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Lalla Rookh
Ship: 500 Tons
Captain: Haines
Surgeon Superintendent:
Sailed London, November 8th 1848 - arrived Wellington March 15th 1849

Arrival of the Lalla Rookh

Name Age County Occupation
Bain Mr J W
Dunlop James 29 Glasgow Merchant
Sarah 20
Sarah Margaret 3
Gilfillan Mr J A
Hansard Mr
child
Hildebrand Mr
Johnson Mrs H W
McMiller Mr W
Parker Captain
Passmore Mrs
2 children
Shoveller Mr J E
Stephen Mr G M E
                                                          

DUNLOP family:
James Dunlop (born 1820) and Sarah Dunlop (born 1829) and their daughter, Sarah Margaret who would have been aged about 3, arrived in Wellington on board the Lalla Rookh. They were from Glasgow and James occupation is a bit of a puzzler. He was the son of a wealthy cotton mill owner. However on his arrival in New Zealand he farmed in a small way but sometimes listed himself as merchant and sometimes as a gentleman. The Dunlops bought land in Gisborne and moved there about November 1849. They came through the Poverty Bay Massacre and the events surrounding Te Kootis war of 1868 by escaping to Napier but their house at Te Arai was burnt down and they moved to Makaraka on their return. James and Sarah actually knew Te Kooti quite well (he used to take the Dunlop children to Pai Marire meetings!) and they never believed that he was as black as he was painted by other settlers. They had 12 children, many of whom settled around Gisborne or up the coast. James himself was a bit of a maverick. He was reasonably well educated, a great horseman, as were many of his descendants, and apparently fell out a bit with his family in Scotland because he preferred to travel around the country "breaking colts" rather than work in the family cotton business. He eventually eloped with the 16 year old daughter of an agricultural labourer, and what with one thing and another, I think the family agreed to pay him an allowance if he came and lived in New Zealand. His wife, Sarah was my great grandmother. One of her granddaughters used to refer to her as "that common old woman" but I think she was a hard worker and had more idea of how to run a farm - although their property seems to have been more of a smallholding than a farm - than her husband did. Sarah was born in Co.Donegal, Ireland, but grew up in Kirkcudbright. If you have a connection with this family or would like to know more please contact Jeanette de Montalk.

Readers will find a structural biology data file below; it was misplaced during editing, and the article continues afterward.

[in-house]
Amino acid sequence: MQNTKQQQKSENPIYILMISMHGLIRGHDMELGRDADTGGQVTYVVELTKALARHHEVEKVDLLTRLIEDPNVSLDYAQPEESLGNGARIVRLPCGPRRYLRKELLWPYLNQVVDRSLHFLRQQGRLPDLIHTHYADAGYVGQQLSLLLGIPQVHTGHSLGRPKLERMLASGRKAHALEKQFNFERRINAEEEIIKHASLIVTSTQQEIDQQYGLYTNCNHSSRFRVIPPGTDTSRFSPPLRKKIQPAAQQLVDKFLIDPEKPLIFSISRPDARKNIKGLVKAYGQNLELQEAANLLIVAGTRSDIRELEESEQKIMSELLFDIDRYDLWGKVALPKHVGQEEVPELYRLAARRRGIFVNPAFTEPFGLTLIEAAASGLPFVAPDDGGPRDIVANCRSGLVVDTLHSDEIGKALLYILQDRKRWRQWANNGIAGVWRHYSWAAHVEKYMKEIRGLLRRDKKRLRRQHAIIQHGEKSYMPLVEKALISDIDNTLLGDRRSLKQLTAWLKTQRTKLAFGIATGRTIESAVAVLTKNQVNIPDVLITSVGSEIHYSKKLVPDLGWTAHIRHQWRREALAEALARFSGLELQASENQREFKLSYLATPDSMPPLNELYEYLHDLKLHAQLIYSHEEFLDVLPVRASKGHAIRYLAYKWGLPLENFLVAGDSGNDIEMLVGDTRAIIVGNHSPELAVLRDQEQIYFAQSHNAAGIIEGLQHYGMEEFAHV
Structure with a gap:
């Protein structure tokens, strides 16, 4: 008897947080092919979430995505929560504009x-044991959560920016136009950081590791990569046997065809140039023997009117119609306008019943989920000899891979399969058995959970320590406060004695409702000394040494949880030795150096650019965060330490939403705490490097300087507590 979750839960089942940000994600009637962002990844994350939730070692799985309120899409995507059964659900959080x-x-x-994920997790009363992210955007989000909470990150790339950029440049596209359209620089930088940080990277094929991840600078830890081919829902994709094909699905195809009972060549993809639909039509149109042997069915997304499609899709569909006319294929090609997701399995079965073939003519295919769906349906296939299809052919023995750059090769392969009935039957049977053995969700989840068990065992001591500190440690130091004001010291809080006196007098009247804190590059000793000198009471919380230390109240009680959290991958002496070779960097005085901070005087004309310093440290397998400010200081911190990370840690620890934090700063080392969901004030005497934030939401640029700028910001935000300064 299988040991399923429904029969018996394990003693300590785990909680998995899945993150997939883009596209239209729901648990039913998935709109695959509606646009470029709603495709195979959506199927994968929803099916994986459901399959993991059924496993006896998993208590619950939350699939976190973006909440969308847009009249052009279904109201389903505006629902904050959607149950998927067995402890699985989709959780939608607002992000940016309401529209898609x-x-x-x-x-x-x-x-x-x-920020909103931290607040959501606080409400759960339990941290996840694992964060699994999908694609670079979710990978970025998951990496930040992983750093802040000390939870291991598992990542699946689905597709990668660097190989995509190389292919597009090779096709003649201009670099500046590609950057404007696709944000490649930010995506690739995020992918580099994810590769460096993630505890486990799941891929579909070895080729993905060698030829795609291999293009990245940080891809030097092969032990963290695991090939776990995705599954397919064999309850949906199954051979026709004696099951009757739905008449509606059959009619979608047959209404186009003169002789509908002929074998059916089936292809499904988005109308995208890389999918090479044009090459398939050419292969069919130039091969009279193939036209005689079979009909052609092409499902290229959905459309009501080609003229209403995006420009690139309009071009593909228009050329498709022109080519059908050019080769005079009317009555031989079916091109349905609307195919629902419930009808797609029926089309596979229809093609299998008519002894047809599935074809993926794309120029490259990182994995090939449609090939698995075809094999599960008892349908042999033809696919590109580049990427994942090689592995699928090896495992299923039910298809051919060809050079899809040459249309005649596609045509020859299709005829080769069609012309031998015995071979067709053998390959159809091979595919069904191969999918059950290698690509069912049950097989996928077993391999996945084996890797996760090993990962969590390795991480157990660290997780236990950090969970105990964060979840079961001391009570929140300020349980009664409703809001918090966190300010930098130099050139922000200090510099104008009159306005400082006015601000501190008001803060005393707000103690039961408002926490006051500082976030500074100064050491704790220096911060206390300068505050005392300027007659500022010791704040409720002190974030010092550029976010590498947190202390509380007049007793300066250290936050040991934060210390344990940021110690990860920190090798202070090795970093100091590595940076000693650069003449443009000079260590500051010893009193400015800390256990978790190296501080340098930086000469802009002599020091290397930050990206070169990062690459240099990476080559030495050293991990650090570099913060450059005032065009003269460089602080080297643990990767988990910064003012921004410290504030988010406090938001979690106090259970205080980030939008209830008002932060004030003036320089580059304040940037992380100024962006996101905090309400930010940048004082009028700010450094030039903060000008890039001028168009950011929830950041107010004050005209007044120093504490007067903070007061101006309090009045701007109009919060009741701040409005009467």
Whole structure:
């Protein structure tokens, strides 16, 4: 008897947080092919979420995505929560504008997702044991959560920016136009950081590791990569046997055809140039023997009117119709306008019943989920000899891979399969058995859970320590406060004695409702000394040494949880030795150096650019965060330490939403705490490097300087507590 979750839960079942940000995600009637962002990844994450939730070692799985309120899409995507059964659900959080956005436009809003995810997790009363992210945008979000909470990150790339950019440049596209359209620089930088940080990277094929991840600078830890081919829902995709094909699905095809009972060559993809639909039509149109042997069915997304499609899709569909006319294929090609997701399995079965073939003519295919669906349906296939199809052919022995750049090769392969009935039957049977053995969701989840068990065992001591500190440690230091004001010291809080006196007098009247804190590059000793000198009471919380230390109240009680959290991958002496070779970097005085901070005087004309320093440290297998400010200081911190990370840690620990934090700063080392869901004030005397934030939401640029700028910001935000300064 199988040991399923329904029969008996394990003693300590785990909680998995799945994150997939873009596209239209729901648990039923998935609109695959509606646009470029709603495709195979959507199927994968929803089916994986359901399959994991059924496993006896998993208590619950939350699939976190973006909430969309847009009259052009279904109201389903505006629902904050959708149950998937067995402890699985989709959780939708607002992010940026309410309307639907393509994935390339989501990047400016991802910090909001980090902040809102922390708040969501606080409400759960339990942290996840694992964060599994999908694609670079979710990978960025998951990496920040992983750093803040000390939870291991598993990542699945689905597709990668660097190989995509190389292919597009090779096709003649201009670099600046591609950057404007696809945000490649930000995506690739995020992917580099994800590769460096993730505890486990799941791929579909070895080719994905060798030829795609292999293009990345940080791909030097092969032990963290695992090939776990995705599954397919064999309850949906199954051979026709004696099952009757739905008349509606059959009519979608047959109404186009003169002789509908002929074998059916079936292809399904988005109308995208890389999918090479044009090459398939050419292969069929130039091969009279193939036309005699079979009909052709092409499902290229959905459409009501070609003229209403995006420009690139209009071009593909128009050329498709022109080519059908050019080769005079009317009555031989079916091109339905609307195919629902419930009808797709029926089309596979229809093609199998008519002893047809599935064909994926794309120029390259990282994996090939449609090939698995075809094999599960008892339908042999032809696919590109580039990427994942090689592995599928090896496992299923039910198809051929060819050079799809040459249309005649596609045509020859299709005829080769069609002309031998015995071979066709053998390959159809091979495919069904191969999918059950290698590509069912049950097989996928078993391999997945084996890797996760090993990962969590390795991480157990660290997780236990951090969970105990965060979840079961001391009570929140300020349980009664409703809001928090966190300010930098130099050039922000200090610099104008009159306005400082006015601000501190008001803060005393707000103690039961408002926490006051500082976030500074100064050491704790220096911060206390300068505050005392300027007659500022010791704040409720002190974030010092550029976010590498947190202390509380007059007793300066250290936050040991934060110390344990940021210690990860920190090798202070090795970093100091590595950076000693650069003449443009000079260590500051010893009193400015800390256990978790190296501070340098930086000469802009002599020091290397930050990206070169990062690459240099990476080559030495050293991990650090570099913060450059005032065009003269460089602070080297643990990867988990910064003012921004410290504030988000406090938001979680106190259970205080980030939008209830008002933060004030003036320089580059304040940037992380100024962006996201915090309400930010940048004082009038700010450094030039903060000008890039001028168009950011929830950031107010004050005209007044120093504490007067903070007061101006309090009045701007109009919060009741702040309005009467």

Copyright Denise & Peter 2001 - 2008

Reference:
Wellington Independent March 17th 1849